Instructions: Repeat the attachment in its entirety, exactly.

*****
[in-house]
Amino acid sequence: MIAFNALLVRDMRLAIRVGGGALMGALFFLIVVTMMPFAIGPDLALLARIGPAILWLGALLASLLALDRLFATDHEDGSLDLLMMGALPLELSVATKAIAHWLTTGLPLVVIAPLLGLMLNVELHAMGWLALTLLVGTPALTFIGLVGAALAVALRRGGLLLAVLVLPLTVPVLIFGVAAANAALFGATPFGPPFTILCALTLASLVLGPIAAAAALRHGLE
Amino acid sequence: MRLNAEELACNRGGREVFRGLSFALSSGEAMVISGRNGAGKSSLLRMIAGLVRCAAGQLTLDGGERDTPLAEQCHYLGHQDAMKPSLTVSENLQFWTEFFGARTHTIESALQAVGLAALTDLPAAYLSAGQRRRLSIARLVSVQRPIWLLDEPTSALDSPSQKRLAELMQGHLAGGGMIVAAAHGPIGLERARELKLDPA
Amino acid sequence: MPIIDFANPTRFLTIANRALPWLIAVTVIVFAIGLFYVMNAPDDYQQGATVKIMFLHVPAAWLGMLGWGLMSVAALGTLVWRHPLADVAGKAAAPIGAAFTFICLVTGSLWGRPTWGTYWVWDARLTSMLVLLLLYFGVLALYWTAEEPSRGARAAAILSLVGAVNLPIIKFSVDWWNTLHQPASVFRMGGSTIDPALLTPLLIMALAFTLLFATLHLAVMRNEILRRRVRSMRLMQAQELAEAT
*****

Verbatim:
[in-house]
Amino acid sequence: MIAFNALLVRDMRLAIRVGGGALMGALFFLIVVTMMPFAIGPDLALLARIGPAILWLGALLASLLALDRLFATDHEDGSLDLLMMGALPLELSVATKAIAHWLTTGLPLVVIAPLLGLMLNVELHAMGWLALTLLVGTPALTFIGLVGAALAVALRRGGLLLAVLVLPLTVPVLIFGVAAANAALFGATPFGPPFTILCALTLASLVLGPIAAAAALRHGLE
Amino acid sequence: MRLNAEELACNRGGREVFRGLSFALSSGEAMVISGRNGAGKSSLLRMIAGLVRCAAGQLTLDGGERDTPLAEQCHYLGHQDAMKPSLTVSENLQFWTEFFGARTHTIESALQAVGLAALTDLPAAYLSAGQRRRLSIARLVSVQRPIWLLDEPTSALDSPSQKRLAELMQGHLAGGGMIVAAAHGPIGLERARELKLDPA
Amino acid sequence: MPIIDFANPTRFLTIANRALPWLIAVTVIVFAIGLFYVMNAPDDYQQGATVKIMFLHVPAAWLGMLGWGLMSVAALGTLVWRHPLADVAGKAAAPIGAAFTFICLVTGSLWGRPTWGTYWVWDARLTSMLVLLLLYFGVLALYWTAEEPSRGARAAAILSLVGAVNLPIIKFSVDWWNTLHQPASVFRMGGSTIDPALLTPLLIMALAFTLLFATLHLAVMRNEILRRRVRSMRLMQAQELAEAT